'˜Adventure' is the key to National Parks Week
It's National Parks week and this year it's all about adventure.
The week, starting on July 25, will celebrate everything that is unique and wonderful about Britain’s countryside.
The Peak District National Park is joining in the fun with a range of events and activities, such as walking with a park ranger, learning to use a compass, abseiling and mountain biking.
Sarah Fowler, chief executive of the Peak District National Park, said: “Adventures come in different forms, so whether you’re a thrill-seeker or are looking for something a little less energetic, we’re encouraging people to get out and discover our incredible landscapes – there really is something for everyone to enjoy.”
Other events taking place include a seven mile walk with archaeologist John Barnatt, across the higher parts of the limestone plateau, and a nine mile expedition across high moorland to visit the iconic summit of Bleaklow.
There is also a chance to book a night in a camping pod or bring your own tent to experience nature’s peace and quiet at North Lees campsite near the famous Stanage Edge.
The Peak District was one of the first areas of the country to be designated a National Park in 1951.
Parliament passed the National Parks and Access to the Countryside Act in 1949, paving the way for the 15 national parks we now have.
The Peak District National park covers 1,437 square kilometres, with the highest point being Kinder Scout at 636 meters.
Kinder Scout was at the centre of a mass trespass by 400 ramblers in April, 1932 to highlight the fact that walkers in England and Wales were being denied access to areas of open countryside.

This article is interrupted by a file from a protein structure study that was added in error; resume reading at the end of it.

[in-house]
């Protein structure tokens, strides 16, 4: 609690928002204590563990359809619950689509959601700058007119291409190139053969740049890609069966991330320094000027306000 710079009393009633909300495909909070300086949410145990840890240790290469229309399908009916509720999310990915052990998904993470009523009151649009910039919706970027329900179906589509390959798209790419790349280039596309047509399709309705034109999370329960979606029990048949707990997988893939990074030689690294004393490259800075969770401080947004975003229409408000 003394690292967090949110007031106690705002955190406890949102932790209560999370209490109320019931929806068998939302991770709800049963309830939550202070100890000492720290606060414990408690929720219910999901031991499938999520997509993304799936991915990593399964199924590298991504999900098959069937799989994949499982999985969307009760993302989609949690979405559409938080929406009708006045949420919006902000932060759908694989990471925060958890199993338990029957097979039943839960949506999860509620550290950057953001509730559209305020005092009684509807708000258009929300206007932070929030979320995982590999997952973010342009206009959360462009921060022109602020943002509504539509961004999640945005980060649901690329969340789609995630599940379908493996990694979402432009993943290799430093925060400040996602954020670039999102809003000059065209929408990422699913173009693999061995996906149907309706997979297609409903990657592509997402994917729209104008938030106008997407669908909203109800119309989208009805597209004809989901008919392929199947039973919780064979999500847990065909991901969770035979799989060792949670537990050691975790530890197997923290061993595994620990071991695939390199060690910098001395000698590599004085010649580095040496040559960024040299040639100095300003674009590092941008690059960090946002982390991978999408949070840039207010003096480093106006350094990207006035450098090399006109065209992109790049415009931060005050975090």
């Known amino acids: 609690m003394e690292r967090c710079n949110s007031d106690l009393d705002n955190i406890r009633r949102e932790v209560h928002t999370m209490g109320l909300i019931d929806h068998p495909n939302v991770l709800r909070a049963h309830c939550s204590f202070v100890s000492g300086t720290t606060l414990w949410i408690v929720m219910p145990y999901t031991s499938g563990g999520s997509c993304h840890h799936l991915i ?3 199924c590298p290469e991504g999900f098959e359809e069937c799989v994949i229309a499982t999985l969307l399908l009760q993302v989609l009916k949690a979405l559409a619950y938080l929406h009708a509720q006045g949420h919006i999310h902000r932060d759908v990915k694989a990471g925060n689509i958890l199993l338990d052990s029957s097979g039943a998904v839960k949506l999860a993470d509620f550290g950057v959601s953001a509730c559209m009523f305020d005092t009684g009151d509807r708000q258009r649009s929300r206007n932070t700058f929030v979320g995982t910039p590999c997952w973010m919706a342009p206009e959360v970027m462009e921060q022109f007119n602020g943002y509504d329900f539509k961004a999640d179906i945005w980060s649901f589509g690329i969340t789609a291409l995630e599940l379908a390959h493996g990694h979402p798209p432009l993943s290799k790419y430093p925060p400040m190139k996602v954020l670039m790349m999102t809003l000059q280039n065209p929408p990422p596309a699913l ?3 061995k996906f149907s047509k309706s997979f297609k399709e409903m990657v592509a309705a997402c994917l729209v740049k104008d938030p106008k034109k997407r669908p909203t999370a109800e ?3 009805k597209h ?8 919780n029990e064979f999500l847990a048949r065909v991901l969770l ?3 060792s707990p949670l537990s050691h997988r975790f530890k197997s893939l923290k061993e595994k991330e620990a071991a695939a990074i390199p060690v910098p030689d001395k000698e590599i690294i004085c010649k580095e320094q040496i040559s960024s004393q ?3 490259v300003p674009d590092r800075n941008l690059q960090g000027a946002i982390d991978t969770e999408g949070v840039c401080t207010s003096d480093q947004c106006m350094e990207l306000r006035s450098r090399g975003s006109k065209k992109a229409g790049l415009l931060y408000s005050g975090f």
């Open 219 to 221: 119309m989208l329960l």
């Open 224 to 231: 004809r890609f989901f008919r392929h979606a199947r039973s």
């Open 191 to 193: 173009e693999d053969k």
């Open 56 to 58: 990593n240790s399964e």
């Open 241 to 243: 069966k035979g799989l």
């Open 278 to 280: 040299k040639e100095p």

The trespass began at Bowden Bridge quarry near Hayfield, through William Clough to the plateau of Kinder Scout, where there were violent scuffles with gamekeepers.
Even though trespass was not a criminal offence, some of the walkers received jail sentences of between two and six months for offences relating to violence against the keepers.
On the Kinder Trespass website, Mike Innerdale, assistant director for National Trust, North West said: “ The mass trespass at Kinder Scout was a key moment in the campaign for better access to the countryside. Its success paved the way for the creation of the National Parks.”
Nowadays, more than 10 million tourists a year visit the Peak District, contributing over £100 million to the local economy.
The main industries are tourism, quarrying, farming, and manufacturing, with nearly 90 per cent of the park being farmland.
There are many and varied attractions, apart from the spectacular landscapes, such as the world renowned Chatsworth, the Castleton caverns, the ‘plaque’ village of Eyam and the market town of Bakewell, famous for it’s tarts.
It has also been the setting for many film and TV productions, including The Duchess, Pride and Prejudice, Jane Eyre, and The Other Boleyn Girl.
More information on what to do in the Peak District can be found at peakdistrict.gov.uk/visiting/events/npweek.